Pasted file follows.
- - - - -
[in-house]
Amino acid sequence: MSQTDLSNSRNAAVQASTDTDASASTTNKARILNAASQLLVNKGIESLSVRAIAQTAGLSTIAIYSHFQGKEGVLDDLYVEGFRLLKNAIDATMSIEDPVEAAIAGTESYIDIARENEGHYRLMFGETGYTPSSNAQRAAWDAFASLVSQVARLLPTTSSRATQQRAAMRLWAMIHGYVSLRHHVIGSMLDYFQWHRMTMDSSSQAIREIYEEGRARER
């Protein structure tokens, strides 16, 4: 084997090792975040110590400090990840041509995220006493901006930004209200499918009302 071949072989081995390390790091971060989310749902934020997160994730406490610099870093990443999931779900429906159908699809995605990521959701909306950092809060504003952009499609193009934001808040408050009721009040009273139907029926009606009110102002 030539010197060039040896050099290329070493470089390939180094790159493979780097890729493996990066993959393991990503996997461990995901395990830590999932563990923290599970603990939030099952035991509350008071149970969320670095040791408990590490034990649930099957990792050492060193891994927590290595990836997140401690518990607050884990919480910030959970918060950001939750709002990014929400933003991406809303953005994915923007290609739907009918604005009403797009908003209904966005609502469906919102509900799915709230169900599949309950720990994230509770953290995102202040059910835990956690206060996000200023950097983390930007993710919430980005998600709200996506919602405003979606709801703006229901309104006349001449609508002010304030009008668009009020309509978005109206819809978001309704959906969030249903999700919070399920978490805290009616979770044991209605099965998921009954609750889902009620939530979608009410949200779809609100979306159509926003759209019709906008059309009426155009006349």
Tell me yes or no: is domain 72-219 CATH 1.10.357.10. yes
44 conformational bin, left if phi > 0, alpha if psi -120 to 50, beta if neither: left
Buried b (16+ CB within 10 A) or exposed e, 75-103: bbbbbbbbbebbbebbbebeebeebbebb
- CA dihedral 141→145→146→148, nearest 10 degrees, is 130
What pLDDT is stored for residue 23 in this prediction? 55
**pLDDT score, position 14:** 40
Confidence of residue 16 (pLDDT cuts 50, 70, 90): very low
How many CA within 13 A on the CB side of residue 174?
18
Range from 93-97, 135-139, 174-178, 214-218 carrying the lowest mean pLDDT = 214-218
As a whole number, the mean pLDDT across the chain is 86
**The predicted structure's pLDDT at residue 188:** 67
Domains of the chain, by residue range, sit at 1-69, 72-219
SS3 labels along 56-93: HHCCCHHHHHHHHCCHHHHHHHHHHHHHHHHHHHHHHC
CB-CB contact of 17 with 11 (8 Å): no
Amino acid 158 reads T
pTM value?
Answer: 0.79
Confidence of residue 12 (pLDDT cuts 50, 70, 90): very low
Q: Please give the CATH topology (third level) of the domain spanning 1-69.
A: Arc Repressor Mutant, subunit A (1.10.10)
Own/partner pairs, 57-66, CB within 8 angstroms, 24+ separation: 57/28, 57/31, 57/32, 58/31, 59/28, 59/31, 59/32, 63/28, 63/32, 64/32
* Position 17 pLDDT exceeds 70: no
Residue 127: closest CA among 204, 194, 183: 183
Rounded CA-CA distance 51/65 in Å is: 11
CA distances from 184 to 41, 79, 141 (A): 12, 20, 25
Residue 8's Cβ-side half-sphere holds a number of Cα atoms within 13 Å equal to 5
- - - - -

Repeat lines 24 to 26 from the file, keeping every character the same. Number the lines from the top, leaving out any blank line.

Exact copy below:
A: Arc Repressor Mutant, subunit A (1.10.10)
Own/partner pairs, 57-66, CB within 8 angstroms, 24+ separation: 57/28, 57/31, 57/32, 58/31, 59/28, 59/31, 59/32, 63/28, 63/32, 64/32
* Position 17 pLDDT exceeds 70: no